A team of researchers led by Prof. Luo Ercang from the Technical Institute of Physics and Chemistry (TIPC) of the Chinese Academy of Sciences has developed a groundbreaking heat-driven thermoacoustic refrigerator (HDTR) with a unique bypass configuration that significantly enhances the efficiency of this cooling technology. The findings of their study were published in Cell Reports Physical Science.
HDTR is a promising cooling technology that offers several advantages, including the absence of moving parts, the use of eco-friendly substances such as helium and nitrogen, and high reliability. However, its commercial application has been hindered by its relatively low efficiency.
The efficiency of HDTRs is measured by the coefficient of performance (COP), which represents the ratio of output cooling power to input heating power. The researchers discovered that existing advanced direct-coupled HDTRs experience a surprising decrease in COP as the heating temperature increases, and they identified the reason behind this phenomenon: a temperature matching constraint present in these systems that prevents the improvement of COP at high heating temperatures.
To overcome this obstacle, the researchers proposed a novel bypass configuration that eliminates the temperature matching constraint. This innovative configuration allows for a portion of the acoustic power to be bypassed, enabling efficient acoustic power matching between the engine unit and the cooler unit at high heating temperatures.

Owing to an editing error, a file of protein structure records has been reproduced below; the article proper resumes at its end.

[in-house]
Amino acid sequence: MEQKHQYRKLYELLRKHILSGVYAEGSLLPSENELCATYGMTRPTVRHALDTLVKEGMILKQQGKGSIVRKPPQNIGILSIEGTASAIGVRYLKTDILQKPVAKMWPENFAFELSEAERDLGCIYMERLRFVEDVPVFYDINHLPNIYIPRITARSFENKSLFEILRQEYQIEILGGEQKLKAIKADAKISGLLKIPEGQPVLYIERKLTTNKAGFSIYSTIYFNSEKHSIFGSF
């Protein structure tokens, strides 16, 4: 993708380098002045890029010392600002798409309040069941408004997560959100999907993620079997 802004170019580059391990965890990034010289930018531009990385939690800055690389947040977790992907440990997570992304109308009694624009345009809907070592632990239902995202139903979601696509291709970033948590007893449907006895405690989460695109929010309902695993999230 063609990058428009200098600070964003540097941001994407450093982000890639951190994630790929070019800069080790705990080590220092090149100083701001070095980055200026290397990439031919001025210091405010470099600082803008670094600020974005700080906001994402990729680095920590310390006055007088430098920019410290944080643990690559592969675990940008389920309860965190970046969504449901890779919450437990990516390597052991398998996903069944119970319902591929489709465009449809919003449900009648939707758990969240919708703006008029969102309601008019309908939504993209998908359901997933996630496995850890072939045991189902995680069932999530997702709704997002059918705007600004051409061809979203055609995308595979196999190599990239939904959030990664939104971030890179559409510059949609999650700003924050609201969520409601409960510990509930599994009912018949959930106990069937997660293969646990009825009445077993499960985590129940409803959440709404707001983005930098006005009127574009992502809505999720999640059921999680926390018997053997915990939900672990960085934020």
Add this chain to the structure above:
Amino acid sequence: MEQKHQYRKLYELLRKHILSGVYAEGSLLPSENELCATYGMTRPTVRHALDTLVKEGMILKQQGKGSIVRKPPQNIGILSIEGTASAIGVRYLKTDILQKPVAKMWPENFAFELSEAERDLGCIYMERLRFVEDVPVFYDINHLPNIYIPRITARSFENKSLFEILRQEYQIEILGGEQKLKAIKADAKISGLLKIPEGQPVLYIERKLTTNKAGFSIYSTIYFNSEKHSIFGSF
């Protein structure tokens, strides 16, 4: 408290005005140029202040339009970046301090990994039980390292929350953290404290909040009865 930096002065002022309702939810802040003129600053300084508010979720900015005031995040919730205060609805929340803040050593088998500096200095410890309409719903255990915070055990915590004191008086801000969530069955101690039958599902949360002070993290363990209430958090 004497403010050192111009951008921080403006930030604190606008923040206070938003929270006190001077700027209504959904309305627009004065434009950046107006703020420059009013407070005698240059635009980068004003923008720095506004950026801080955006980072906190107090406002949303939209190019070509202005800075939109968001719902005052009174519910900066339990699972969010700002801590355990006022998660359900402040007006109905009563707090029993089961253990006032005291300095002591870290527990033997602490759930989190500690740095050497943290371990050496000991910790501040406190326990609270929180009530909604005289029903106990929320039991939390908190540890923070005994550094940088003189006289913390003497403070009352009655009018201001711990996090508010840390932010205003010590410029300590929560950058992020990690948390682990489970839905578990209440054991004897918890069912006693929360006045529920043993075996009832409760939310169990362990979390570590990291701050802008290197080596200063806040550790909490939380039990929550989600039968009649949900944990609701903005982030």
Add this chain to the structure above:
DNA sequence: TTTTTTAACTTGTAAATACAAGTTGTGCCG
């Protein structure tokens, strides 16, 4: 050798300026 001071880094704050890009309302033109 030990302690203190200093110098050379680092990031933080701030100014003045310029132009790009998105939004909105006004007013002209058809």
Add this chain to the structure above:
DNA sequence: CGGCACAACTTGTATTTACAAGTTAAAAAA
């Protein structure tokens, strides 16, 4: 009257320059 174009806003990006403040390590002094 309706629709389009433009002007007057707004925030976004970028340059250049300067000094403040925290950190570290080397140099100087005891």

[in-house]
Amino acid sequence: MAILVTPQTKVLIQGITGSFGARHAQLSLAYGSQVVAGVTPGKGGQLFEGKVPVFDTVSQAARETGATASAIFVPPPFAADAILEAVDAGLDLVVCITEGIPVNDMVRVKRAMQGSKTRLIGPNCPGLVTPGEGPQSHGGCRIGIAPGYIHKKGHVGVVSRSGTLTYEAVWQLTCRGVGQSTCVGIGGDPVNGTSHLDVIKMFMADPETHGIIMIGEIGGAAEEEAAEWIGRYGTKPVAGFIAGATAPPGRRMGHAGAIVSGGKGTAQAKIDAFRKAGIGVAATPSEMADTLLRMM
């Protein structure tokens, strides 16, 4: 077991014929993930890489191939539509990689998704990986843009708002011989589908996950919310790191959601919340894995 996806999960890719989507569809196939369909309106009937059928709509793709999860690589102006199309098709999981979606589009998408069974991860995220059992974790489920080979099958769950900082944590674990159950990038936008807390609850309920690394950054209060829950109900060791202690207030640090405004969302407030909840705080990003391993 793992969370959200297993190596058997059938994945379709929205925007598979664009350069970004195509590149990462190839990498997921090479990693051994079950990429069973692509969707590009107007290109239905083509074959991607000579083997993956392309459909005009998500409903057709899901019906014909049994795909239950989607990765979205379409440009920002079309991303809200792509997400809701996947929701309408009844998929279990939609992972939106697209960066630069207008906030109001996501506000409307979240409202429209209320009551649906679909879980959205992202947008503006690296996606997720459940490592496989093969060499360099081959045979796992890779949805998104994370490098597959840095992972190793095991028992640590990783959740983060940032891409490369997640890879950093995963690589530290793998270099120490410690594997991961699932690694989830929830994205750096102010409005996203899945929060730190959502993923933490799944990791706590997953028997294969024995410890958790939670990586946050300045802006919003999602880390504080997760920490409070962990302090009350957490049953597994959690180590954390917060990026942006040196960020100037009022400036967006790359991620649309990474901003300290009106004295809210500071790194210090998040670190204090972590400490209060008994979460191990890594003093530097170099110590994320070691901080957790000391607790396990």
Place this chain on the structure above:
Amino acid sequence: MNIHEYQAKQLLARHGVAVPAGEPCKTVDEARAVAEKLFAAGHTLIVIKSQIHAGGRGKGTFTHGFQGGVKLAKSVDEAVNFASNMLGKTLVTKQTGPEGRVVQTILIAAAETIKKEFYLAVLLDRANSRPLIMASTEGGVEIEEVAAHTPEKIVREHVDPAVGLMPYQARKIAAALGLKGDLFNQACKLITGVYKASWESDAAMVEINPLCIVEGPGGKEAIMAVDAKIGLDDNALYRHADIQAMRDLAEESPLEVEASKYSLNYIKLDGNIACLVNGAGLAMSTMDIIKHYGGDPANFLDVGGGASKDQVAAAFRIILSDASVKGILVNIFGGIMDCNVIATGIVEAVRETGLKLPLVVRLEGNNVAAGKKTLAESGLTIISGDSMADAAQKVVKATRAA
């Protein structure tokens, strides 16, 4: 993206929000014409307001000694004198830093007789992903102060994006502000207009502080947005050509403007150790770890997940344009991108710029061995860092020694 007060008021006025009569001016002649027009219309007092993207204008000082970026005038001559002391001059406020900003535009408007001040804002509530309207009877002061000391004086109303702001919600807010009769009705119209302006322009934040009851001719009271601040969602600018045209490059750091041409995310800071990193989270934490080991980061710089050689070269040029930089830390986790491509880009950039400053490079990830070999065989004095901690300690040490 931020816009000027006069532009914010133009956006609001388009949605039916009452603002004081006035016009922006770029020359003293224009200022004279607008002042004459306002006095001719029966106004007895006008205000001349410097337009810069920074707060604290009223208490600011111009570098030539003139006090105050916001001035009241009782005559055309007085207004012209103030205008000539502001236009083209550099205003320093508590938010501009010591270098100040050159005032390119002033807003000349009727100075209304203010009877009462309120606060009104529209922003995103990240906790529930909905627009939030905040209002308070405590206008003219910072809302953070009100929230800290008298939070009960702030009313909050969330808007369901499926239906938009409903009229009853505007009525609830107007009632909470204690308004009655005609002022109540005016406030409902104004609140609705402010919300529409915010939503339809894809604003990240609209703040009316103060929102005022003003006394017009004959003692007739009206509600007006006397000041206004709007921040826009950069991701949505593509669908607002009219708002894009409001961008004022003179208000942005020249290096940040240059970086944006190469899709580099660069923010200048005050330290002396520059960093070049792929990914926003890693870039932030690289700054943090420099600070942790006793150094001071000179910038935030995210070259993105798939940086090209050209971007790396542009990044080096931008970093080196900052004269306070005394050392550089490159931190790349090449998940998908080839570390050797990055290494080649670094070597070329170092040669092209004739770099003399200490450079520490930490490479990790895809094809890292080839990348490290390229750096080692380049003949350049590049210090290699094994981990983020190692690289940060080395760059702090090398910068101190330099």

As a result, energy flow field synergy is achieved, leading to a significant improvement in efficiency. The researchers constructed a kilowatt-scale HDTR prototype and obtained a record high experimental COP of 1.12 with a cooling capacity of 2.53 kW using helium as the working gas. These results were achieved at heating, ambient, and cooling temperatures of 450°C, 35°C, and 7°C, respectively. The COP achieved is 2.7 times higher than the best result ever reported for existing HDTRs.
The researchers claim that their new HDTR technology outperforms adsorption refrigerators and single-effect absorption refrigerators in the field of room-temperature, heat-driven refrigeration, and is comparable to double-effect absorption refrigerators. These remarkable results demonstrate the potential of this novel HDTR technology in commercial air conditioning applications.
Additionally, the researchers tested the performance of the system using nitrogen, which is a more abundant and cost-effective refrigerant with environmental friendliness. The COP results surpassed the previously reported findings from TIPC. The study was published in Applied Physics Letters on January 8th and was specifically reported by Scilight.
The research team asserts that the novel HDTR system inherently possesses a higher COP than absorption refrigerators due to its efficient utilization of high-temperature thermal energy. Their numerical analysis suggests that the proposed HDTR system has an outstanding potential COP value of 2 at a heating temperature of over 800°C.
The researchers plan to make modifications to the current HDTR system and increase the heating temperature to further enhance the cooling performance. They anticipate surpassing the efficiency of double-effect absorption refrigerators in the foreseeable future.
1. Source: Coherent Market Insights, Public sources, Desk research
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